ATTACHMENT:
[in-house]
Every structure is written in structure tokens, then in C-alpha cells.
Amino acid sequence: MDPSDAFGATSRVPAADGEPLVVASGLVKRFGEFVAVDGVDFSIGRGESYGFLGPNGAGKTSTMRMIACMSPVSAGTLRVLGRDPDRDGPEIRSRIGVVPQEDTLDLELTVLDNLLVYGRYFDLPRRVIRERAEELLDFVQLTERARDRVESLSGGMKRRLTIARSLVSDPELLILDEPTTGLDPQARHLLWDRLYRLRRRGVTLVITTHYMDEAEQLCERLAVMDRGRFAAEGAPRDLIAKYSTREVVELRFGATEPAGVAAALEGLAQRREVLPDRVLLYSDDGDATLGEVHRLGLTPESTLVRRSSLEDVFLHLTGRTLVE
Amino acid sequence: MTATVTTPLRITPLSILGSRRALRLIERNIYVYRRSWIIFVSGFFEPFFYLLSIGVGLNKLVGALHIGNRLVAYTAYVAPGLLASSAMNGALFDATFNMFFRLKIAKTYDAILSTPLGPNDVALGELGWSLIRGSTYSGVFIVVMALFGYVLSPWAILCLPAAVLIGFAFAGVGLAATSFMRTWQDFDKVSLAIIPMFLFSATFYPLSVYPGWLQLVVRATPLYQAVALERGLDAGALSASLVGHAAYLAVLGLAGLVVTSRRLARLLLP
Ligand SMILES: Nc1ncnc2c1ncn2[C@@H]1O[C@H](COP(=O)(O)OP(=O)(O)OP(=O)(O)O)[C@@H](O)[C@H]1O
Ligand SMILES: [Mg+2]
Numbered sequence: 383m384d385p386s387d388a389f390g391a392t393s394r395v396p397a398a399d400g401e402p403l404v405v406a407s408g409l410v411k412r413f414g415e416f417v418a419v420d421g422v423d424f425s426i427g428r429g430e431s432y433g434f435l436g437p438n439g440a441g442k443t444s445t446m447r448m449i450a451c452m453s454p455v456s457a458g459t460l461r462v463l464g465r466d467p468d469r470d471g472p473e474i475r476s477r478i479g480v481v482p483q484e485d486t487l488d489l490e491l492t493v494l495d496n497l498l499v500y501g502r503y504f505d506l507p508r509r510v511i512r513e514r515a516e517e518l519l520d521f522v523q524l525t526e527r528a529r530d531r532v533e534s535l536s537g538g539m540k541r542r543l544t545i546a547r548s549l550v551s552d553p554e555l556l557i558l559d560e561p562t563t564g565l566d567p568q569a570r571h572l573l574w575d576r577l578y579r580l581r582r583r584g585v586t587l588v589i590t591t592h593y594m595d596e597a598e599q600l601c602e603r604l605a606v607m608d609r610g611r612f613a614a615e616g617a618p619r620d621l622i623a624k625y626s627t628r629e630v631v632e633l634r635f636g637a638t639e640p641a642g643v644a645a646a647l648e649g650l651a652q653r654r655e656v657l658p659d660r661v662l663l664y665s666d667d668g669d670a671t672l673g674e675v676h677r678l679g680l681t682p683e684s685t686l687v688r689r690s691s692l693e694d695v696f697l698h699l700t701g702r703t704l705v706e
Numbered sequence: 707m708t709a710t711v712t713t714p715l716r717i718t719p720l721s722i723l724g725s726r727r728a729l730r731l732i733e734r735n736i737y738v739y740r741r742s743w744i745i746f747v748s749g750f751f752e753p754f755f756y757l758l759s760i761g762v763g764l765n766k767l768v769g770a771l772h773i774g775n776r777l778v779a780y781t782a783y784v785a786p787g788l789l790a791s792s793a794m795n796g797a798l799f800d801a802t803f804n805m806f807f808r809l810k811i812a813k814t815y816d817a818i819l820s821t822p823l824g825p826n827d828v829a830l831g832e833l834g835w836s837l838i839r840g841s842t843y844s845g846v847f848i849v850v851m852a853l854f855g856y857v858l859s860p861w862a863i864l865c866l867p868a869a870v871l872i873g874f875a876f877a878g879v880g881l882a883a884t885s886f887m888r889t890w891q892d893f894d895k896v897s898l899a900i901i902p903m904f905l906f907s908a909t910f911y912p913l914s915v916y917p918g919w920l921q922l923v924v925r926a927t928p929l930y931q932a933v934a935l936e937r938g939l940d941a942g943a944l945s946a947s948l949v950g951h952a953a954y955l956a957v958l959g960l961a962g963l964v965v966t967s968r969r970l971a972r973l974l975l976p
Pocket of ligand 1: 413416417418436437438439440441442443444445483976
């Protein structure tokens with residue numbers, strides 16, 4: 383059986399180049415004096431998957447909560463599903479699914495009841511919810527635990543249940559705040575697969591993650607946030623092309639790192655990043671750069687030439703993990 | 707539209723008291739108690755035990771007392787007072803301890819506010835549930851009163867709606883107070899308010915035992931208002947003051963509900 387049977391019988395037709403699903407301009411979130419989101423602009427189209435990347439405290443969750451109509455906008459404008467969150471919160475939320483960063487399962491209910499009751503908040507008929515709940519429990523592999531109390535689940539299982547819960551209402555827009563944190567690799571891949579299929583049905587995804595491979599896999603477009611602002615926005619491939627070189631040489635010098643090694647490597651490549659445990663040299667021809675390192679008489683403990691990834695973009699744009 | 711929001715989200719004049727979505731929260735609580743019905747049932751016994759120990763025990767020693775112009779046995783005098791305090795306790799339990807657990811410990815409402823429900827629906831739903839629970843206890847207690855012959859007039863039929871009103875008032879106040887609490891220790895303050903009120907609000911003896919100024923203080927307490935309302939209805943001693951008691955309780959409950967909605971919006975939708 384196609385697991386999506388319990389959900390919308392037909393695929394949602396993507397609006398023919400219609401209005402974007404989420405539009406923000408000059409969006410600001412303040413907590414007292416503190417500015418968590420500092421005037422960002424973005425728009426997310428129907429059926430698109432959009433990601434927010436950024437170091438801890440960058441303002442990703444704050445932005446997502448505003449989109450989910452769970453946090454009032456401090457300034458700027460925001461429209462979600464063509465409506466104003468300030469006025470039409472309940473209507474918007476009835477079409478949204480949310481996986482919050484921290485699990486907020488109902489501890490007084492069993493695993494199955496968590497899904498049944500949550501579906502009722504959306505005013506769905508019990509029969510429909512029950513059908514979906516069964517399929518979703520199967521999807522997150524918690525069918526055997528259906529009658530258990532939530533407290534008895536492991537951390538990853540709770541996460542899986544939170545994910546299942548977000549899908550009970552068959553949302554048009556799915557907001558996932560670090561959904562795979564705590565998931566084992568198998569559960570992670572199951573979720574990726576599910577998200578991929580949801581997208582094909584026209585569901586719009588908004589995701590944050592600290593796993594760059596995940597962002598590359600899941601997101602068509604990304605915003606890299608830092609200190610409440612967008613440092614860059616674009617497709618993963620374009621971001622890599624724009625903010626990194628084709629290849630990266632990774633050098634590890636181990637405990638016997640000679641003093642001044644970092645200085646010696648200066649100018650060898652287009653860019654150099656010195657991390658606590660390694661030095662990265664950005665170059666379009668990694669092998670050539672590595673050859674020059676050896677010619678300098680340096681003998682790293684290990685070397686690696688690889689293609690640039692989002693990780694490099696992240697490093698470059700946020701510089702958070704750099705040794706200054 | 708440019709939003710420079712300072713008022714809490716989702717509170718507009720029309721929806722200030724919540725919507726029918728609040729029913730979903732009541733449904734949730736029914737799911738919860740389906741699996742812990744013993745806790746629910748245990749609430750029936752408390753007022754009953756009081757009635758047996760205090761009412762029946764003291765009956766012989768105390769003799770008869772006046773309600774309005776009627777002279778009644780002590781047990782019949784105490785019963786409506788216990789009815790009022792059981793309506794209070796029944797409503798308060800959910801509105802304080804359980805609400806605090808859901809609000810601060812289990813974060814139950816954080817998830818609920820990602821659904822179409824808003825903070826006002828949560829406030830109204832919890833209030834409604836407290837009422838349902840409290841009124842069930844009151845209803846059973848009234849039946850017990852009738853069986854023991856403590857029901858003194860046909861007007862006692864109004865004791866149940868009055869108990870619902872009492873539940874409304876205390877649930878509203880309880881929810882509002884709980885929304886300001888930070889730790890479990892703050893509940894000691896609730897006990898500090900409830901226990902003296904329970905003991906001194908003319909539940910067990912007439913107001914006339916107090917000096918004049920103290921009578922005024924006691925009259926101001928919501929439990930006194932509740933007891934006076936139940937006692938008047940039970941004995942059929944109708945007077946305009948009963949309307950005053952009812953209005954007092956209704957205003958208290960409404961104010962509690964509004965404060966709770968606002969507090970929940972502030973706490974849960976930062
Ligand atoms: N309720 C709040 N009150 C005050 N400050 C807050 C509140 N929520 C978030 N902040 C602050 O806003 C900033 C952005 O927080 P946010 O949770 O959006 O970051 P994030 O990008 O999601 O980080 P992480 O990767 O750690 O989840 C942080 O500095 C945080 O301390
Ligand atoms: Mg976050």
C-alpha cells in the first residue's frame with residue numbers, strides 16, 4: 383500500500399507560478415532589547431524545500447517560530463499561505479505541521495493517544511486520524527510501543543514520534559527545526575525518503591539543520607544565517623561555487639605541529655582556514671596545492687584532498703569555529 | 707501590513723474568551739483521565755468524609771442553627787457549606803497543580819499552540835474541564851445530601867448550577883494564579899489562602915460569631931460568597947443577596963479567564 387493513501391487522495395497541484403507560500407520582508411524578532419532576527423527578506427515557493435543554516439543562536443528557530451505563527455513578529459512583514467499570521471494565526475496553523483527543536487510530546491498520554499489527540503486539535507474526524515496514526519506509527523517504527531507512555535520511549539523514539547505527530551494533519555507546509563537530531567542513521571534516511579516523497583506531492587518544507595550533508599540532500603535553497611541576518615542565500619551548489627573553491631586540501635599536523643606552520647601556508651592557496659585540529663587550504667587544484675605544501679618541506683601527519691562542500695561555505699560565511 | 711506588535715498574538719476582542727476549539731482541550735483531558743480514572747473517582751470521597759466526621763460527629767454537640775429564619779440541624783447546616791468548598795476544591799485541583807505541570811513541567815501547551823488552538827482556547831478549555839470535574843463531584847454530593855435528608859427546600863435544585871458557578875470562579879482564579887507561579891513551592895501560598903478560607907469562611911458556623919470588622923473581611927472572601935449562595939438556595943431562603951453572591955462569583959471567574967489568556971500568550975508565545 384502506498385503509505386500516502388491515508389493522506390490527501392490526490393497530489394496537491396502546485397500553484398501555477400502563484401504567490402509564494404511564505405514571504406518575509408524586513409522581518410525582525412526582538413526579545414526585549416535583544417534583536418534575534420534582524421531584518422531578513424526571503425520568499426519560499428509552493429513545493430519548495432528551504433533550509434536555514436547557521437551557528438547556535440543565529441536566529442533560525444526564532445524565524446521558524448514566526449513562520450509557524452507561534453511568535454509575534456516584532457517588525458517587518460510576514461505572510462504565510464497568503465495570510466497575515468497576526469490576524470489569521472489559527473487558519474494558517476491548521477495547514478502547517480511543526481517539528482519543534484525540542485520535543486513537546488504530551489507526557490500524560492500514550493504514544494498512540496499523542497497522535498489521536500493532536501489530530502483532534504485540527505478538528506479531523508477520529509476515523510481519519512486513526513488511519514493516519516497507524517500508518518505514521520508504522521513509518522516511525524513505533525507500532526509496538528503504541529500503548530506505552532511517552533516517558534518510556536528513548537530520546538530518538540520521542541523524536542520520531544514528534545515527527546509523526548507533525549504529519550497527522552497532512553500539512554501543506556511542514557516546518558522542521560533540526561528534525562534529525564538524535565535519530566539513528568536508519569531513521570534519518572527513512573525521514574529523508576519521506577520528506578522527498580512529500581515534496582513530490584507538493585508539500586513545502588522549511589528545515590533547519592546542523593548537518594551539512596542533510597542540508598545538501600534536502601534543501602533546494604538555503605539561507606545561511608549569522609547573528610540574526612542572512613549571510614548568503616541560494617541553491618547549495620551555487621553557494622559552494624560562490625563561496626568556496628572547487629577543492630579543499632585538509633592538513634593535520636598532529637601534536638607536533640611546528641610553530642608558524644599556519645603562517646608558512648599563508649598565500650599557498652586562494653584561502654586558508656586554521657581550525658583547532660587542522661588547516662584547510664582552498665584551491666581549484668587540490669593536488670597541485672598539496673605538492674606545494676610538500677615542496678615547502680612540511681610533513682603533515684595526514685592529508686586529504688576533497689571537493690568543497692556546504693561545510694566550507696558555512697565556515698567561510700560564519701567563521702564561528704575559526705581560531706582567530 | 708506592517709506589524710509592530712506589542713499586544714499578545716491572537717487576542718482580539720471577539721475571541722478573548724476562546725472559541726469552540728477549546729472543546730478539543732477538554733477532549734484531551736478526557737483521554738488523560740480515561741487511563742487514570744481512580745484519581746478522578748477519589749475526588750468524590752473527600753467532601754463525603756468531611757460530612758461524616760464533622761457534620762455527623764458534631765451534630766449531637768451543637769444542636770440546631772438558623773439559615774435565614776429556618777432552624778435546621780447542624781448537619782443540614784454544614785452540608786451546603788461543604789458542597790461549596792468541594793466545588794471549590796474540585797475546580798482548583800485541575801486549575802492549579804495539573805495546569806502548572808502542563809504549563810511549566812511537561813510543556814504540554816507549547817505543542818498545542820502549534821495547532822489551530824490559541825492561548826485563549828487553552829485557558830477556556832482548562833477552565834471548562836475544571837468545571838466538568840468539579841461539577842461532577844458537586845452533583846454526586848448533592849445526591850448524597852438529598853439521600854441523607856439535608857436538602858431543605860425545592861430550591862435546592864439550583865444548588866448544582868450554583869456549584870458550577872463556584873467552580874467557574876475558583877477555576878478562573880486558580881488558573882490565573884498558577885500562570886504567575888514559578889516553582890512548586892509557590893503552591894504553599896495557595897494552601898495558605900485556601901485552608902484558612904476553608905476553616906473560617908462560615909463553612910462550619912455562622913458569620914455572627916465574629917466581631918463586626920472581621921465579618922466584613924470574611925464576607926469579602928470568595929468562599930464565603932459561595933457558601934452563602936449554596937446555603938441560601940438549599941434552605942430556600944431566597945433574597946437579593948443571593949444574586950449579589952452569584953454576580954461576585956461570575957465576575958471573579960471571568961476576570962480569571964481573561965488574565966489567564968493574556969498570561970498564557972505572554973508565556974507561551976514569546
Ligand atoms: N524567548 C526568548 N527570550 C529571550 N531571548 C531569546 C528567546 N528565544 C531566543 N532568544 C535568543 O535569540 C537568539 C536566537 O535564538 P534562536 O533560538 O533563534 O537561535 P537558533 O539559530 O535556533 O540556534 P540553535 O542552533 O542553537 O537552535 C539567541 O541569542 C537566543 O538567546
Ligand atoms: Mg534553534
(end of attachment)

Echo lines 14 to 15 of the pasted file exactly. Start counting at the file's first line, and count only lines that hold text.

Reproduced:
Ligand atoms: N524567548 C526568548 N527570550 C529571550 N531571548 C531569546 C528567546 N528565544 C531566543 N532568544 C535568543 O535569540 C537568539 C536566537 O535564538 P534562536 O533560538 O533563534 O537561535 P537558533 O539559530 O535556533 O540556534 P540553535 O542552533 O542553537 O537552535 C539567541 O541569542 C537566543 O538567546
Ligand atoms: Mg534553534